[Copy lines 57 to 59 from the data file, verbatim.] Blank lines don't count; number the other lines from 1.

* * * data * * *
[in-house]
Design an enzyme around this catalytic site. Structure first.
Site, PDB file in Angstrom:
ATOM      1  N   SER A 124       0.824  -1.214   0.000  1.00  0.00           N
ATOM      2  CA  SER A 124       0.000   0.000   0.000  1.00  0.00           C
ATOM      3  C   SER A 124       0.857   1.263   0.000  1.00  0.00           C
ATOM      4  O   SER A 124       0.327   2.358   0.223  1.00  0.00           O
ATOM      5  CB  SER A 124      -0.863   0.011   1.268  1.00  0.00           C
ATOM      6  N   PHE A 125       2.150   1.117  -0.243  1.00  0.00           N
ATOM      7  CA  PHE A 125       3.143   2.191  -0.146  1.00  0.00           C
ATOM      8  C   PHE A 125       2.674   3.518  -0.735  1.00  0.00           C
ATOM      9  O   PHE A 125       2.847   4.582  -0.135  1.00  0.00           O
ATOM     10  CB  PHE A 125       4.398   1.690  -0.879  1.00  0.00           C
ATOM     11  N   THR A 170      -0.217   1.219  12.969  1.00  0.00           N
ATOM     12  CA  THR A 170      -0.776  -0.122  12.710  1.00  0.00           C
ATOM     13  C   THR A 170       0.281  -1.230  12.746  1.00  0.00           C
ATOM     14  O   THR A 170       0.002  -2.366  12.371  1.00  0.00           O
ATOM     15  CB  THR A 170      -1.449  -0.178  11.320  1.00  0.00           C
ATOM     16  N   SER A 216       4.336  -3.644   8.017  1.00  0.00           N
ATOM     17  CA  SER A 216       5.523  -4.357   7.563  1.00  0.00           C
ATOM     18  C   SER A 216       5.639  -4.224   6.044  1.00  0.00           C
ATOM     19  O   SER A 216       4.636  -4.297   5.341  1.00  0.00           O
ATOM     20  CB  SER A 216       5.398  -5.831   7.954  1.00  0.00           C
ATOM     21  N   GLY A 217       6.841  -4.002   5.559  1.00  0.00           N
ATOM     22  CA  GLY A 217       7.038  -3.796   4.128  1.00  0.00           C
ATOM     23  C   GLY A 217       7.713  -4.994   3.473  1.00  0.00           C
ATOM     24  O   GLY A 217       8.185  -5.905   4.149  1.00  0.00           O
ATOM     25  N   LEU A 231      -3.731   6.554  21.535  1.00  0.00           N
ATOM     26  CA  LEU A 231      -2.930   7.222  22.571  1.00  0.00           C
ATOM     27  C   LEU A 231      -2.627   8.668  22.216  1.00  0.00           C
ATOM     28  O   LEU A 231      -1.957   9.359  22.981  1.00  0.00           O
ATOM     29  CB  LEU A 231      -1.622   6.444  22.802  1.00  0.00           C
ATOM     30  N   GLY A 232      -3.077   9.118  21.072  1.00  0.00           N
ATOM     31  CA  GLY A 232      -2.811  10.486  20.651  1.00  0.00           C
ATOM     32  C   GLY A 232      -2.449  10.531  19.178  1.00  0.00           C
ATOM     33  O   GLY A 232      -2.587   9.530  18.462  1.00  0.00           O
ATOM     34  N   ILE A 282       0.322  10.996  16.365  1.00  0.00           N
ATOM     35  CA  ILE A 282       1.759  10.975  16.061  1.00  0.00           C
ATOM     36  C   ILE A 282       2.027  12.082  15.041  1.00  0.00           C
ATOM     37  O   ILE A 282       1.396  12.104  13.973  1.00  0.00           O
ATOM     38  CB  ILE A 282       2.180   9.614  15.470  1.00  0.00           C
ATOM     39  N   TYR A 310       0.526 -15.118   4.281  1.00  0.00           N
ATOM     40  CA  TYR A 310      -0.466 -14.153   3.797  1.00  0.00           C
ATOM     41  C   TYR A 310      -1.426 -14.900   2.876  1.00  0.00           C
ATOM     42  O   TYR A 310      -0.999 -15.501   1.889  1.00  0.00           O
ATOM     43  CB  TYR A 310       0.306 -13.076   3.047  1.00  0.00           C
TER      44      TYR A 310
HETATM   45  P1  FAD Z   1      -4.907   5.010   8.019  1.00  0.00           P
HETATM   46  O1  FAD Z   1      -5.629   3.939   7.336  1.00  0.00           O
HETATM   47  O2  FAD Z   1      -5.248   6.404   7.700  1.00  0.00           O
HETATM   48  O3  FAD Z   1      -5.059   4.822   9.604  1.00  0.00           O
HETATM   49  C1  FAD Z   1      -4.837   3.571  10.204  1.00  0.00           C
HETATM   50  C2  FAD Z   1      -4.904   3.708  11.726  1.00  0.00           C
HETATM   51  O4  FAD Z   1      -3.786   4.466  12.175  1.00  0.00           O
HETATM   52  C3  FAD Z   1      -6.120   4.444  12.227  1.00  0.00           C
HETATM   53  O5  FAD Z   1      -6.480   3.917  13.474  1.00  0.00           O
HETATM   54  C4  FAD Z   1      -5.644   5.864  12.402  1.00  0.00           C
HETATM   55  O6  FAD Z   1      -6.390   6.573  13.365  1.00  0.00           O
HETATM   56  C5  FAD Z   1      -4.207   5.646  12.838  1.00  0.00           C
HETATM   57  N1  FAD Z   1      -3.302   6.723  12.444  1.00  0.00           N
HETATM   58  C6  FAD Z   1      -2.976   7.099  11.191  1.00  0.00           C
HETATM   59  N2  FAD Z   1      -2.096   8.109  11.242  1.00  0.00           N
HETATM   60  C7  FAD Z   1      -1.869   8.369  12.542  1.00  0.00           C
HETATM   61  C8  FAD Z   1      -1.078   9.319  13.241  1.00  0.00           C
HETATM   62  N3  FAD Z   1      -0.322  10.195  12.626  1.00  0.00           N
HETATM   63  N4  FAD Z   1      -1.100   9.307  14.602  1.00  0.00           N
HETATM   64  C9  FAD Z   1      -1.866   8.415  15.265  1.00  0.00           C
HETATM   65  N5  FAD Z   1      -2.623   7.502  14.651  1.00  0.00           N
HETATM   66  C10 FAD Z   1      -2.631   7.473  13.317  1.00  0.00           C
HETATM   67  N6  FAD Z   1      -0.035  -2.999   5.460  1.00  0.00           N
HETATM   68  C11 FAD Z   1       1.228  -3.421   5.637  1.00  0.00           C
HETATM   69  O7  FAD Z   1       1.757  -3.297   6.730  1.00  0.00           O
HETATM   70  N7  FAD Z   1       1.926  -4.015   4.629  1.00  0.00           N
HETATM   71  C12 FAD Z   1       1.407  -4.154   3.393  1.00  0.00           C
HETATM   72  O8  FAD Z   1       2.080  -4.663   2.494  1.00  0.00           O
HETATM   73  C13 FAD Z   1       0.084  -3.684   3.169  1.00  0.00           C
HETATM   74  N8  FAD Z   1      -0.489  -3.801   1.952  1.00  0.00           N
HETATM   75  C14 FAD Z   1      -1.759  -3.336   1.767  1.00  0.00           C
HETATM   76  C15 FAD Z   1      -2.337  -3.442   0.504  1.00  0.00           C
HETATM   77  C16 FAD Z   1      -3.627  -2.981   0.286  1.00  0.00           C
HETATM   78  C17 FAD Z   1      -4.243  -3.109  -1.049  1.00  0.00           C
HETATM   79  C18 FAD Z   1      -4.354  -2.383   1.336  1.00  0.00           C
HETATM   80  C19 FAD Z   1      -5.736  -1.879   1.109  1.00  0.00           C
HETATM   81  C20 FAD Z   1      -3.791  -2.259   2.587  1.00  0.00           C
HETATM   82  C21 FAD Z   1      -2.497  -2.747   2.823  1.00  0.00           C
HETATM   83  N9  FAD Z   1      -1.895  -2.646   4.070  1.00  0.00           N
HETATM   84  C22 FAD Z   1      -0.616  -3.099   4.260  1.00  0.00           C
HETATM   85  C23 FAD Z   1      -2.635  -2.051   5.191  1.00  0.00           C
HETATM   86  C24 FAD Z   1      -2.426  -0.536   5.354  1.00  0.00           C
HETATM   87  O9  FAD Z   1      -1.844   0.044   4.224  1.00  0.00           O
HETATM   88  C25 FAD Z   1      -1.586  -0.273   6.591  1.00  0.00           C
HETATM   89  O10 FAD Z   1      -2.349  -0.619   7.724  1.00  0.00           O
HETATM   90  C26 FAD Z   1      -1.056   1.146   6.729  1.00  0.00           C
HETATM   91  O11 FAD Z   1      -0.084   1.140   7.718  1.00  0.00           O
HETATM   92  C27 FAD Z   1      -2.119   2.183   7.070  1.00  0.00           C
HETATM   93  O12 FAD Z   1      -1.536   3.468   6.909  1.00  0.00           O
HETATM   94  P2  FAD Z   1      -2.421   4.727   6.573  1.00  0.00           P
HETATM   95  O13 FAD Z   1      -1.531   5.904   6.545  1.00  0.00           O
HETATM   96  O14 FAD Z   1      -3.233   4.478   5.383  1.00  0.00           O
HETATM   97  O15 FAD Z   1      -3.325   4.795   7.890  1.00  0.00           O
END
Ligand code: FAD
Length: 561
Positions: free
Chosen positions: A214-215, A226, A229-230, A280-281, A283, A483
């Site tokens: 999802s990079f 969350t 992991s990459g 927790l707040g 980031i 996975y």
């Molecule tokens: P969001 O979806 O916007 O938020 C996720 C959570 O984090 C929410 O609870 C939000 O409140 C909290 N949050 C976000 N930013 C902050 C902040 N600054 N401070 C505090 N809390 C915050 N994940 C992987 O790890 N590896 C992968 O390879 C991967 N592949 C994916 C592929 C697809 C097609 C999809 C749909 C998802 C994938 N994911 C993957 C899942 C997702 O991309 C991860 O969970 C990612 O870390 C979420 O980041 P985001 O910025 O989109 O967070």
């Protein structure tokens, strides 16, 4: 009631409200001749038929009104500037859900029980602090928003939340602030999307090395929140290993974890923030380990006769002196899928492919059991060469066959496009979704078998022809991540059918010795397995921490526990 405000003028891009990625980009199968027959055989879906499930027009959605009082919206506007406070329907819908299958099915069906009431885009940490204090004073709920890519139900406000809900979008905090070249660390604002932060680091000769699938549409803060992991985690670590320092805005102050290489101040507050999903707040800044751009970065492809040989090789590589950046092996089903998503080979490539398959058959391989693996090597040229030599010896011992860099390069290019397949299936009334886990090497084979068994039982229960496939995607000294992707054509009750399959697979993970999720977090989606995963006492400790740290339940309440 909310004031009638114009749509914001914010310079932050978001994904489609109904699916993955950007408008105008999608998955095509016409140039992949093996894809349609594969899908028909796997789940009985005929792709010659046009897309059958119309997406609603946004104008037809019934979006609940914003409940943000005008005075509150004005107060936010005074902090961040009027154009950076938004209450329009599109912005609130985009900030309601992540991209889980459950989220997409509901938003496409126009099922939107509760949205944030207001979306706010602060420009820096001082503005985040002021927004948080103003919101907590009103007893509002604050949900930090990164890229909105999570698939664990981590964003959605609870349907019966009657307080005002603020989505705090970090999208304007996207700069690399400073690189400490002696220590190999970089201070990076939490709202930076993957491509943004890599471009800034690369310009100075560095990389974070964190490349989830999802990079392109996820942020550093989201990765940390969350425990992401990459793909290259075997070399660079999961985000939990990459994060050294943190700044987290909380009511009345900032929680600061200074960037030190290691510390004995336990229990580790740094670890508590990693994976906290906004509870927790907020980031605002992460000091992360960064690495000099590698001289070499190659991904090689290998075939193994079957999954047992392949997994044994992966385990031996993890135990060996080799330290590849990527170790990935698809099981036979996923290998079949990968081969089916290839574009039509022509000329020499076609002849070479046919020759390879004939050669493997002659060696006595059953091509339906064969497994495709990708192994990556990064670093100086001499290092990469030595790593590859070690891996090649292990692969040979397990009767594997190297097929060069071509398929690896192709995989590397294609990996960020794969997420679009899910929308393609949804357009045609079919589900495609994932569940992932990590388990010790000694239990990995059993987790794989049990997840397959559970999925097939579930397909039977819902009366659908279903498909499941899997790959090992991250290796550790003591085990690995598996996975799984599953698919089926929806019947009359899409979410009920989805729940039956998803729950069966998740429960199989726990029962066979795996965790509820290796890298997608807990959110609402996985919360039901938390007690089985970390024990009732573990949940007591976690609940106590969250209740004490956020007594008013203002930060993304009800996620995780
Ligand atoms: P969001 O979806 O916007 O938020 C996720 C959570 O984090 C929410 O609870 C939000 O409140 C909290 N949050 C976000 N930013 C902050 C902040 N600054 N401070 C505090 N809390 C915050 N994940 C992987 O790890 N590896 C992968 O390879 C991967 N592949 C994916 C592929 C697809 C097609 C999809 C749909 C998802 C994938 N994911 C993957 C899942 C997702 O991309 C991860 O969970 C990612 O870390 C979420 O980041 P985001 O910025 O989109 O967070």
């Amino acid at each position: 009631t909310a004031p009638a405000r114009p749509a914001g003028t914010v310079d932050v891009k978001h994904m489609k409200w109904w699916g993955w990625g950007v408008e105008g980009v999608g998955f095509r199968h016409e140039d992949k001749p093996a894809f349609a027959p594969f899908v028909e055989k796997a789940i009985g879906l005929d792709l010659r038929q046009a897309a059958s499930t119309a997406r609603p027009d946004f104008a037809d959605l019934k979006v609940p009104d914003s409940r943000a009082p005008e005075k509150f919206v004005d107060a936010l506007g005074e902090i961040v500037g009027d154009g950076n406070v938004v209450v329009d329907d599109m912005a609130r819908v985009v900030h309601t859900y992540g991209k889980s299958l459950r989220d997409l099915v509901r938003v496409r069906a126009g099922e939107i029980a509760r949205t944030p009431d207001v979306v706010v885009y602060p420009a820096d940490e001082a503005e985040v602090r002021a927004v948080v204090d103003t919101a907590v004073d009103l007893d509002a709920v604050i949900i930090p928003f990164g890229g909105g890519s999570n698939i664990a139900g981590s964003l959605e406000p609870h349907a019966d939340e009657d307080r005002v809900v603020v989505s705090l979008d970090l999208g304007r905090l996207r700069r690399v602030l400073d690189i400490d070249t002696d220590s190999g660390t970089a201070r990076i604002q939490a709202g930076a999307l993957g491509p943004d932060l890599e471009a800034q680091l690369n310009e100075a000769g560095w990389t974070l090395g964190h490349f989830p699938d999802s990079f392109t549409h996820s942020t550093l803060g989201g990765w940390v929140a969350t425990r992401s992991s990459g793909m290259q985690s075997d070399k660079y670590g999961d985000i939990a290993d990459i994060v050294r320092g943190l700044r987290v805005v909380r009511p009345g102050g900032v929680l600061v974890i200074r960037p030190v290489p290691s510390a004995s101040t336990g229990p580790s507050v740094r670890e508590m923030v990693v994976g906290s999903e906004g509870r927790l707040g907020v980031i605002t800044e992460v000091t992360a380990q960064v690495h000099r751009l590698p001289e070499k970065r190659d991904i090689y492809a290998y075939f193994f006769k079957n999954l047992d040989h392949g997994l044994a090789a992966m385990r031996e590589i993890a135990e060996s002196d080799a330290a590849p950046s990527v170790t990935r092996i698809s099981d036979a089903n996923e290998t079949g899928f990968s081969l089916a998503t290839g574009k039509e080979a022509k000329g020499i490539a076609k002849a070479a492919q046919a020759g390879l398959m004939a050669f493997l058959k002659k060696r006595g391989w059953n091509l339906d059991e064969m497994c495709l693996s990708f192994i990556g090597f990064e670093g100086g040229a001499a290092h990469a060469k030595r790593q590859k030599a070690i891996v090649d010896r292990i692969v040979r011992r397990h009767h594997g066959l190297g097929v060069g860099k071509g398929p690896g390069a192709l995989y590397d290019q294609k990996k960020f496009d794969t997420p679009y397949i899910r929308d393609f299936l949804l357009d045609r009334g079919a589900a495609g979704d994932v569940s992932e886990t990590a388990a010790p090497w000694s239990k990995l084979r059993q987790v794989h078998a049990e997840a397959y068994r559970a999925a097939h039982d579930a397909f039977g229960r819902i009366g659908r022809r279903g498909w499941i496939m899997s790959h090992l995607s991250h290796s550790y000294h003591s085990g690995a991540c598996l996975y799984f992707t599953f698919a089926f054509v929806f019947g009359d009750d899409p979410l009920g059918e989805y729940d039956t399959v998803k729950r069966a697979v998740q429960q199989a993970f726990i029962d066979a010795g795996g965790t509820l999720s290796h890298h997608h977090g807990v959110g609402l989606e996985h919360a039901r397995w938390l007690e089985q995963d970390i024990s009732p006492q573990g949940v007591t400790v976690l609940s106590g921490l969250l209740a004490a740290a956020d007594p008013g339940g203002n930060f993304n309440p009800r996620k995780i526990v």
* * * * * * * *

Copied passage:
HETATM   54  C4  FAD Z   1      -5.644   5.864  12.402  1.00  0.00           C
HETATM   55  O6  FAD Z   1      -6.390   6.573  13.365  1.00  0.00           O
HETATM   56  C5  FAD Z   1      -4.207   5.646  12.838  1.00  0.00           C